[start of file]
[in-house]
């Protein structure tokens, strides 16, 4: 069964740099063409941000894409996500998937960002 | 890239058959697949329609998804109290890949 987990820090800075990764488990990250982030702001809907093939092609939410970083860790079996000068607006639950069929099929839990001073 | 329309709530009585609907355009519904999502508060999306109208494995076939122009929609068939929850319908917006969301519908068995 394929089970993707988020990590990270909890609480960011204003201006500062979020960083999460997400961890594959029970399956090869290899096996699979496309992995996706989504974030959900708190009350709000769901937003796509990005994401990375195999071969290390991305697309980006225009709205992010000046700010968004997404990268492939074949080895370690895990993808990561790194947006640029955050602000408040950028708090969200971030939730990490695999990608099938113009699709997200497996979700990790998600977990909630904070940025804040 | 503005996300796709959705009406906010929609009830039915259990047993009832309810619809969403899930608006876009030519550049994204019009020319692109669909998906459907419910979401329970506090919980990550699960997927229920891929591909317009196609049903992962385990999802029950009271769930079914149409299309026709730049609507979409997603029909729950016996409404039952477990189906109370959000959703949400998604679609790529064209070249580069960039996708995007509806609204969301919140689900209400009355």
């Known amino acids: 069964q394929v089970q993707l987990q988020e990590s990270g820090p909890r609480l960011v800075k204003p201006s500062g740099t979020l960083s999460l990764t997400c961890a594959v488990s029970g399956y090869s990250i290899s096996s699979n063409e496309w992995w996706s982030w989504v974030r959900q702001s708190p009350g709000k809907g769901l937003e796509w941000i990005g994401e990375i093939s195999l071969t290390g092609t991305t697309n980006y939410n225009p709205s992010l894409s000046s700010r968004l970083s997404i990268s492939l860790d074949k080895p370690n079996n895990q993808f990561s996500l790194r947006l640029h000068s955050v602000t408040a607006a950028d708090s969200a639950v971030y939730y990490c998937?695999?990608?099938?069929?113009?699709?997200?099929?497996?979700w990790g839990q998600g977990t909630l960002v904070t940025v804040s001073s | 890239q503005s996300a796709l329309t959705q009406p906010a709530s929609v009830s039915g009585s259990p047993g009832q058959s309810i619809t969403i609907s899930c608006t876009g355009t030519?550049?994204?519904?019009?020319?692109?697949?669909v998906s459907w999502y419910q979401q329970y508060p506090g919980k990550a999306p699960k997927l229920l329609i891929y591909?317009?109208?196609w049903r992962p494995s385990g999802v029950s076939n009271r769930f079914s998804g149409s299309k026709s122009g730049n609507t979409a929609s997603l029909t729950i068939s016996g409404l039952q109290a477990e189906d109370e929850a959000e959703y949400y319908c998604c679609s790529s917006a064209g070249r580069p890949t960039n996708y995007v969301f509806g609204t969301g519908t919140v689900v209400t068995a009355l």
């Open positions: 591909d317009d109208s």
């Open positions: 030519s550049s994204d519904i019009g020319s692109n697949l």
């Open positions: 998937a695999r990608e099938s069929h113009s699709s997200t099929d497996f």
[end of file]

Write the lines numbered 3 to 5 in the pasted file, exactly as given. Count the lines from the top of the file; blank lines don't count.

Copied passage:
């Known amino acids: 069964q394929v089970q993707l987990q988020e990590s990270g820090p909890r609480l960011v800075k204003p201006s500062g740099t979020l960083s999460l990764t997400c961890a594959v488990s029970g399956y090869s990250i290899s096996s699979n063409e496309w992995w996706s982030w989504v974030r959900q702001s708190p009350g709000k809907g769901l937003e796509w941000i990005g994401e990375i093939s195999l071969t290390g092609t991305t697309n980006y939410n225009p709205s992010l894409s000046s700010r968004l970083s997404i990268s492939l860790d074949k080895p370690n079996n895990q993808f990561s996500l790194r947006l640029h000068s955050v602000t408040a607006a950028d708090s969200a639950v971030y939730y990490c998937?695999?990608?099938?069929?113009?699709?997200?099929?497996?979700w990790g839990q998600g977990t909630l960002v904070t940025v804040s001073s | 890239q503005s996300a796709l329309t959705q009406p906010a709530s929609v009830s039915g009585s259990p047993g009832q058959s309810i619809t969403i609907s899930c608006t876009g355009t030519?550049?994204?519904?019009?020319?692109?697949?669909v998906s459907w999502y419910q979401q329970y508060p506090g919980k990550a999306p699960k997927l229920l329609i891929y591909?317009?109208?196609w049903r992962p494995s385990g999802v029950s076939n009271r769930f079914s998804g149409s299309k026709s122009g730049n609507t979409a929609s997603l029909t729950i068939s016996g409404l039952q109290a477990e189906d109370e929850a959000e959703y949400y319908c998604c679609s790529s917006a064209g070249r580069p890949t960039n996708y995007v969301f509806g609204t969301g519908t919140v689900v209400t068995a009355l």
């Open positions: 591909d317009d109208s």
């Open positions: 030519s550049s994204d519904i019009g020319s692109n697949l």